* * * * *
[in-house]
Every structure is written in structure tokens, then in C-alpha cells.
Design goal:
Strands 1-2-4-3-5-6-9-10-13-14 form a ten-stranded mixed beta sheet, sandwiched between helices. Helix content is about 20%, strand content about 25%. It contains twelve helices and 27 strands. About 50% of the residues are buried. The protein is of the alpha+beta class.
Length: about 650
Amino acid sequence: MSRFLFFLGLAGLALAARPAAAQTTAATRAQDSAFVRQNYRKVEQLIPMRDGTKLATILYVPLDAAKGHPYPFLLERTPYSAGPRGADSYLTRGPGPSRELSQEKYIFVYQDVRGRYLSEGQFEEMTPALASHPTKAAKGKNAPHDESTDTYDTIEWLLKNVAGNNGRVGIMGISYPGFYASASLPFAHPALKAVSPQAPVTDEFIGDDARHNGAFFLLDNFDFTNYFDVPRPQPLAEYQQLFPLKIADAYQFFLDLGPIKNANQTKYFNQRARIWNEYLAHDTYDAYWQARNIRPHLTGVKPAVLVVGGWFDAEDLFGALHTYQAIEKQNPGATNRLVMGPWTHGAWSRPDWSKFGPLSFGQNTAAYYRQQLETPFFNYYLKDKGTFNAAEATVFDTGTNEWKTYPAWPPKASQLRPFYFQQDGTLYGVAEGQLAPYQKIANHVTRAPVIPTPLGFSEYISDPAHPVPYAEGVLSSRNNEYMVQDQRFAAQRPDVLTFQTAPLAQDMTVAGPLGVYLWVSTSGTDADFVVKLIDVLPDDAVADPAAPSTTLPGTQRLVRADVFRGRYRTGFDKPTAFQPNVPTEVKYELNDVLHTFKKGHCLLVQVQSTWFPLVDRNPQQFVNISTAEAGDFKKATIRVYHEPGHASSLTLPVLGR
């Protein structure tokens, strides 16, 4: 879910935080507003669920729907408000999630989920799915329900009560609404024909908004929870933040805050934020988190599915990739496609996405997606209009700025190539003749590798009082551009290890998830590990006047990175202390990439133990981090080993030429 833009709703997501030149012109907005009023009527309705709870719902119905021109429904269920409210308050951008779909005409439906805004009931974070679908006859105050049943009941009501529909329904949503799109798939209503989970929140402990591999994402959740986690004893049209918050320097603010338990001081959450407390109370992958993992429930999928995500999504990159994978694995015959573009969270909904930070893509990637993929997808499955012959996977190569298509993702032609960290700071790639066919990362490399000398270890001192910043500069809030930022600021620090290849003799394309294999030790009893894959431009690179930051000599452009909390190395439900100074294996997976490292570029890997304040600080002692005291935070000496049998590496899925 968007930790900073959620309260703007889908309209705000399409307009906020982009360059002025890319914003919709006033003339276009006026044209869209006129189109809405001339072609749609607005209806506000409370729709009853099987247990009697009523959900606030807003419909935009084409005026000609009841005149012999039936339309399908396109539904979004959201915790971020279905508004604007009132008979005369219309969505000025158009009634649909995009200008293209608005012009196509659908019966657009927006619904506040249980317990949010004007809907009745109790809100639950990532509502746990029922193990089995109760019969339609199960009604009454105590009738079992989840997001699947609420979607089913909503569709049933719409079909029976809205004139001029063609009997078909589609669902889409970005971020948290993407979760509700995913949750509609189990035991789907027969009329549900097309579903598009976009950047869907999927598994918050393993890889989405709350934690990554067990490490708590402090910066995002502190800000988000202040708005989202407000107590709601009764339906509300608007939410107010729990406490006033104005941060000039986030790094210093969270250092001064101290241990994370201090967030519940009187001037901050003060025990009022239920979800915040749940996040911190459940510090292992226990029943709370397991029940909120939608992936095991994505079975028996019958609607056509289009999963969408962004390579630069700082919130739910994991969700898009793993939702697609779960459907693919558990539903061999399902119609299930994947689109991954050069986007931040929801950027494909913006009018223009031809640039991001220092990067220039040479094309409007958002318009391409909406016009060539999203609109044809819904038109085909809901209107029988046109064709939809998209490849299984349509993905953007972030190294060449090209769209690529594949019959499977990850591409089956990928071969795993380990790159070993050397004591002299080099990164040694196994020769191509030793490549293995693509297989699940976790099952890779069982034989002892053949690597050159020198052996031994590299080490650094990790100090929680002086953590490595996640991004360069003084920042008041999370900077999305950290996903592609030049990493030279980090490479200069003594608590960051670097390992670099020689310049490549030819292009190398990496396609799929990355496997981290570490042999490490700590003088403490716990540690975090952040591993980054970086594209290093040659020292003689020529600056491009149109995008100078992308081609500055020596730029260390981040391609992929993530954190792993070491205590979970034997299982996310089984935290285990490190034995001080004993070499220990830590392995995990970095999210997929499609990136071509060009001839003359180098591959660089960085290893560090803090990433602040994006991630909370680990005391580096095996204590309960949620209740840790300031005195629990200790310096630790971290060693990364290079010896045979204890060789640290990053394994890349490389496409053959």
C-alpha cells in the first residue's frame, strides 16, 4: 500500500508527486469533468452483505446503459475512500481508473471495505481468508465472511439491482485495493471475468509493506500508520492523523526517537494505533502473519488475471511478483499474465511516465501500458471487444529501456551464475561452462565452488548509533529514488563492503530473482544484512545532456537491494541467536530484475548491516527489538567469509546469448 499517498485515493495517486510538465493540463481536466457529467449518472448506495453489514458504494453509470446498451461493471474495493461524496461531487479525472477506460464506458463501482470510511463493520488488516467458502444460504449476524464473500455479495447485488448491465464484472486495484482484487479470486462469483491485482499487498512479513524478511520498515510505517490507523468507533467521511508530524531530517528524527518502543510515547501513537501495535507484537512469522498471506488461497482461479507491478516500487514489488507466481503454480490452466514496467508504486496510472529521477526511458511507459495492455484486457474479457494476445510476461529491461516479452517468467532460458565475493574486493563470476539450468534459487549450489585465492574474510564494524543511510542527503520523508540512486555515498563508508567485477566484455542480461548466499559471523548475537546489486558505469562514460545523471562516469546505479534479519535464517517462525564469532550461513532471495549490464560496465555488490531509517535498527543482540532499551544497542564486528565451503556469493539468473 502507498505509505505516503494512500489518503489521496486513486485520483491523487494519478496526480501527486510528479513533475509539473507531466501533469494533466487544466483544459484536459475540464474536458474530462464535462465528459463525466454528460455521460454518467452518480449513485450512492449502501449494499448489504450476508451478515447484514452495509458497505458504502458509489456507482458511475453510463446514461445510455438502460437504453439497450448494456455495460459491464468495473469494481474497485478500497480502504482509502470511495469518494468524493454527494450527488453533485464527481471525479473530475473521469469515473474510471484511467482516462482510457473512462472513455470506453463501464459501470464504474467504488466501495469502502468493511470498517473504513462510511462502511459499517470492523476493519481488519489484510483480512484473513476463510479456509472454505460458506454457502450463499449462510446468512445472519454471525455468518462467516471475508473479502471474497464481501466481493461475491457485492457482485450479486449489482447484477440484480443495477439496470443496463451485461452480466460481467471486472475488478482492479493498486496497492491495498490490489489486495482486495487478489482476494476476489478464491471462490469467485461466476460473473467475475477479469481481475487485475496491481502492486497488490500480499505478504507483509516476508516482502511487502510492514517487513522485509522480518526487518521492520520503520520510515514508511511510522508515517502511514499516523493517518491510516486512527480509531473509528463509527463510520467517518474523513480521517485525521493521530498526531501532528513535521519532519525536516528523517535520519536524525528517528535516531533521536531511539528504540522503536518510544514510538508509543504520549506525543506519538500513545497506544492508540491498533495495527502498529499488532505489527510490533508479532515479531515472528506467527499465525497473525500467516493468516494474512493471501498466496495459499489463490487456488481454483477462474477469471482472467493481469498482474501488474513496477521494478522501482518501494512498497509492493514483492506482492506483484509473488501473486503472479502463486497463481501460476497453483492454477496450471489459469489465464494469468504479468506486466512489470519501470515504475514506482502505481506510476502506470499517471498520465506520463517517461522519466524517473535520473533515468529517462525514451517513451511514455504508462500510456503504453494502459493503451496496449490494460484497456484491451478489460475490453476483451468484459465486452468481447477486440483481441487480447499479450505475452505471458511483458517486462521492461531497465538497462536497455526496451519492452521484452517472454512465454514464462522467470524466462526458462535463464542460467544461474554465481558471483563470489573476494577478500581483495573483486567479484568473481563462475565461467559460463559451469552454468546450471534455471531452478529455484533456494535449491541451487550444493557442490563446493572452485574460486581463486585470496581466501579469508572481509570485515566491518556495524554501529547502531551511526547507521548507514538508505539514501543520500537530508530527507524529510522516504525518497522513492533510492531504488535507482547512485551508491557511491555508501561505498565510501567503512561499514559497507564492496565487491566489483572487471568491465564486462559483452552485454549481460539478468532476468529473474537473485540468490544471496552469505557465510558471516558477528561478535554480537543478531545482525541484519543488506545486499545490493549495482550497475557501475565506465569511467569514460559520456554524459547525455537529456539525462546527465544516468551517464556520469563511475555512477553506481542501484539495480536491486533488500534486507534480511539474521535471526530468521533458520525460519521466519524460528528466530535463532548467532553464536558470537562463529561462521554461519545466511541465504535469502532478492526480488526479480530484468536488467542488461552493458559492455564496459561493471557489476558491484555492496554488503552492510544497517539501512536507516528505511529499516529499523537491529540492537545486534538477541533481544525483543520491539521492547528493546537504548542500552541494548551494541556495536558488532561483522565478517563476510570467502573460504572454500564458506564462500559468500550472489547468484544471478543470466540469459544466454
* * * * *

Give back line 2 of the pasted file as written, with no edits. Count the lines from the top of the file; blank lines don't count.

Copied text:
Every structure is written in structure tokens, then in C-alpha cells.